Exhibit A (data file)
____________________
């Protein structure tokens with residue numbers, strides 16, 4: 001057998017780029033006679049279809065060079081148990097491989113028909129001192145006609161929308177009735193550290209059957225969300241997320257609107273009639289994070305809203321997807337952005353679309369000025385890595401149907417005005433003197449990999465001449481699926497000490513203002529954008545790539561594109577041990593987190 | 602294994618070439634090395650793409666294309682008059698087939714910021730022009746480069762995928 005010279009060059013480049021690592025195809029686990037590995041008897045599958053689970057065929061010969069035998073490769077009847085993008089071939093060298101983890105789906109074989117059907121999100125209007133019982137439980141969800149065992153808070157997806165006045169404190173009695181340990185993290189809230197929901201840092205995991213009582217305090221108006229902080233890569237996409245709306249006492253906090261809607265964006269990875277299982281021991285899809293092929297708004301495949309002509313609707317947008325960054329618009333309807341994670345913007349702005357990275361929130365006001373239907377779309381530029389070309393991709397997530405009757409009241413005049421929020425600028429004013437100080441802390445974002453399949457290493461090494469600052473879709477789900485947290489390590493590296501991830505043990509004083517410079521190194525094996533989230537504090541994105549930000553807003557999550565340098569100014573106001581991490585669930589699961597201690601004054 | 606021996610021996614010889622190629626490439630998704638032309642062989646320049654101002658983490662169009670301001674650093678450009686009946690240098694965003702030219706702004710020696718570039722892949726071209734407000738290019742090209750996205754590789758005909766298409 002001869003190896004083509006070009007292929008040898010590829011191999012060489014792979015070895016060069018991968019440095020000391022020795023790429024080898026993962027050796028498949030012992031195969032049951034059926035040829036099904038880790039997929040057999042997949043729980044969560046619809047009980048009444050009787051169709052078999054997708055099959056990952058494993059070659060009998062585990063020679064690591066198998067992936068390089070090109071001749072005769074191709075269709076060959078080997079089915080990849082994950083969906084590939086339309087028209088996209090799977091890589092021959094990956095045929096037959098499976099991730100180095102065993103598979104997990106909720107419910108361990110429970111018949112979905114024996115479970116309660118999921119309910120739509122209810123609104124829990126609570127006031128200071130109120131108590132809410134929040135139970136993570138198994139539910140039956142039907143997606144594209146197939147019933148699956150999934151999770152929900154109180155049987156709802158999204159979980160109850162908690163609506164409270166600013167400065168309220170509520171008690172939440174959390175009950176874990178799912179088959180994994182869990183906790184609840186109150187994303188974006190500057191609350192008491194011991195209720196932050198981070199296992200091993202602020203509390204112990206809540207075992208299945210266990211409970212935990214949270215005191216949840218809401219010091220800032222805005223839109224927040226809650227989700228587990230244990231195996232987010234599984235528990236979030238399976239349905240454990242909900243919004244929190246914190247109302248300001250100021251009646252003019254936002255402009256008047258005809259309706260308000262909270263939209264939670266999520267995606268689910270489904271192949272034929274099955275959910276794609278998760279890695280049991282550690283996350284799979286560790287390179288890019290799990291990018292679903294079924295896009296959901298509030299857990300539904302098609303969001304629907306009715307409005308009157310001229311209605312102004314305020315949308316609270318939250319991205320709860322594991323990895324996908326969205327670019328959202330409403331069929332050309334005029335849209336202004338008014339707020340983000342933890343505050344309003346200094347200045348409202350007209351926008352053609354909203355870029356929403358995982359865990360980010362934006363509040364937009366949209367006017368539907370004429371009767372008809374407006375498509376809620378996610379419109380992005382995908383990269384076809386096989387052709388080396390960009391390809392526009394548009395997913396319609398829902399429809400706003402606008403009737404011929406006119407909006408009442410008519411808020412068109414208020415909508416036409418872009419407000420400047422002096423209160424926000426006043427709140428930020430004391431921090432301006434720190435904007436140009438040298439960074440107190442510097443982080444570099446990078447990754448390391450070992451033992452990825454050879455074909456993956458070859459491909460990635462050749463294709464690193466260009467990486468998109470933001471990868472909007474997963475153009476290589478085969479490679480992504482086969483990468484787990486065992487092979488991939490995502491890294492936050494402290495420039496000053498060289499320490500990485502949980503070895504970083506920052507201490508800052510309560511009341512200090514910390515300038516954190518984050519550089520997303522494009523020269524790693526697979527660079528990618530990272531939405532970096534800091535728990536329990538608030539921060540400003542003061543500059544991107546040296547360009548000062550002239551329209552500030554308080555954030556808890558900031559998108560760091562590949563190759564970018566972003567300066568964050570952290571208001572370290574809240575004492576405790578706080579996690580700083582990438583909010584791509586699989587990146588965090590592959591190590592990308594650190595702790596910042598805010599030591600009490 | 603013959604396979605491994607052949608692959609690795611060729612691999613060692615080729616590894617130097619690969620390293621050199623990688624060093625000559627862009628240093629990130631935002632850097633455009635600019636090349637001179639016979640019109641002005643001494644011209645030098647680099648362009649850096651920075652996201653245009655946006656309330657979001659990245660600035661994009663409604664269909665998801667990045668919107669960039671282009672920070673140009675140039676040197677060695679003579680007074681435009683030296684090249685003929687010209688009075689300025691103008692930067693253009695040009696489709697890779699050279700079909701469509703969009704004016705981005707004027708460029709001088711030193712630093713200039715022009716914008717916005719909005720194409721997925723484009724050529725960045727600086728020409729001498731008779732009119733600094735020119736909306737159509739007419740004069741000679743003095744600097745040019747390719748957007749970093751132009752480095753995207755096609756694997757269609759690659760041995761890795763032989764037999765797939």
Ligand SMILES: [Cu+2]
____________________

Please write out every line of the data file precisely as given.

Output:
């Protein structure tokens with residue numbers, strides 16, 4: 001057998017780029033006679049279809065060079081148990097491989113028909129001192145006609161929308177009735193550290209059957225969300241997320257609107273009639289994070305809203321997807337952005353679309369000025385890595401149907417005005433003197449990999465001449481699926497000490513203002529954008545790539561594109577041990593987190 | 602294994618070439634090395650793409666294309682008059698087939714910021730022009746480069762995928 005010279009060059013480049021690592025195809029686990037590995041008897045599958053689970057065929061010969069035998073490769077009847085993008089071939093060298101983890105789906109074989117059907121999100125209007133019982137439980141969800149065992153808070157997806165006045169404190173009695181340990185993290189809230197929901201840092205995991213009582217305090221108006229902080233890569237996409245709306249006492253906090261809607265964006269990875277299982281021991285899809293092929297708004301495949309002509313609707317947008325960054329618009333309807341994670345913007349702005357990275361929130365006001373239907377779309381530029389070309393991709397997530405009757409009241413005049421929020425600028429004013437100080441802390445974002453399949457290493461090494469600052473879709477789900485947290489390590493590296501991830505043990509004083517410079521190194525094996533989230537504090541994105549930000553807003557999550565340098569100014573106001581991490585669930589699961597201690601004054 | 606021996610021996614010889622190629626490439630998704638032309642062989646320049654101002658983490662169009670301001674650093678450009686009946690240098694965003702030219706702004710020696718570039722892949726071209734407000738290019742090209750996205754590789758005909766298409 002001869003190896004083509006070009007292929008040898010590829011191999012060489014792979015070895016060069018991968019440095020000391022020795023790429024080898026993962027050796028498949030012992031195969032049951034059926035040829036099904038880790039997929040057999042997949043729980044969560046619809047009980048009444050009787051169709052078999054997708055099959056990952058494993059070659060009998062585990063020679064690591066198998067992936068390089070090109071001749072005769074191709075269709076060959078080997079089915080990849082994950083969906084590939086339309087028209088996209090799977091890589092021959094990956095045929096037959098499976099991730100180095102065993103598979104997990106909720107419910108361990110429970111018949112979905114024996115479970116309660118999921119309910120739509122209810123609104124829990126609570127006031128200071130109120131108590132809410134929040135139970136993570138198994139539910140039956142039907143997606144594209146197939147019933148699956150999934151999770152929900154109180155049987156709802158999204159979980160109850162908690163609506164409270166600013167400065168309220170509520171008690172939440174959390175009950176874990178799912179088959180994994182869990183906790184609840186109150187994303188974006190500057191609350192008491194011991195209720196932050198981070199296992200091993202602020203509390204112990206809540207075992208299945210266990211409970212935990214949270215005191216949840218809401219010091220800032222805005223839109224927040226809650227989700228587990230244990231195996232987010234599984235528990236979030238399976239349905240454990242909900243919004244929190246914190247109302248300001250100021251009646252003019254936002255402009256008047258005809259309706260308000262909270263939209264939670266999520267995606268689910270489904271192949272034929274099955275959910276794609278998760279890695280049991282550690283996350284799979286560790287390179288890019290799990291990018292679903294079924295896009296959901298509030299857990300539904302098609303969001304629907306009715307409005308009157310001229311209605312102004314305020315949308316609270318939250319991205320709860322594991323990895324996908326969205327670019328959202330409403331069929332050309334005029335849209336202004338008014339707020340983000342933890343505050344309003346200094347200045348409202350007209351926008352053609354909203355870029356929403358995982359865990360980010362934006363509040364937009366949209367006017368539907370004429371009767372008809374407006375498509376809620378996610379419109380992005382995908383990269384076809386096989387052709388080396390960009391390809392526009394548009395997913396319609398829902399429809400706003402606008403009737404011929406006119407909006408009442410008519411808020412068109414208020415909508416036409418872009419407000420400047422002096423209160424926000426006043427709140428930020430004391431921090432301006434720190435904007436140009438040298439960074440107190442510097443982080444570099446990078447990754448390391450070992451033992452990825454050879455074909456993956458070859459491909460990635462050749463294709464690193466260009467990486468998109470933001471990868472909007474997963475153009476290589478085969479490679480992504482086969483990468484787990486065992487092979488991939490995502491890294492936050494402290495420039496000053498060289499320490500990485502949980503070895504970083506920052507201490508800052510309560511009341512200090514910390515300038516954190518984050519550089520997303522494009523020269524790693526697979527660079528990618530990272531939405532970096534800091535728990536329990538608030539921060540400003542003061543500059544991107546040296547360009548000062550002239551329209552500030554308080555954030556808890558900031559998108560760091562590949563190759564970018566972003567300066568964050570952290571208001572370290574809240575004492576405790578706080579996690580700083582990438583909010584791509586699989587990146588965090590592959591190590592990308594650190595702790596910042598805010599030591600009490 | 603013959604396979605491994607052949608692959609690795611060729612691999613060692615080729616590894617130097619690969620390293621050199623990688624060093625000559627862009628240093629990130631935002632850097633455009635600019636090349637001179639016979640019109641002005643001494644011209645030098647680099648362009649850096651920075652996201653245009655946006656309330657979001659990245660600035661994009663409604664269909665998801667990045668919107669960039671282009672920070673140009675140039676040197677060695679003579680007074681435009683030296684090249685003929687010209688009075689300025691103008692930067693253009695040009696489709697890779699050279700079909701469509703969009704004016705981005707004027708460029709001088711030193712630093713200039715022009716914008717916005719909005720194409721997925723484009724050529725960045727600086728020409729001498731008779732009119733600094735020119736909306737159509739007419740004069741000679743003095744600097745040019747390719748957007749970093751132009752480095753995207755096609756694997757269609759690659760041995761890795763032989764037999765797939």
Ligand SMILES: [Cu+2]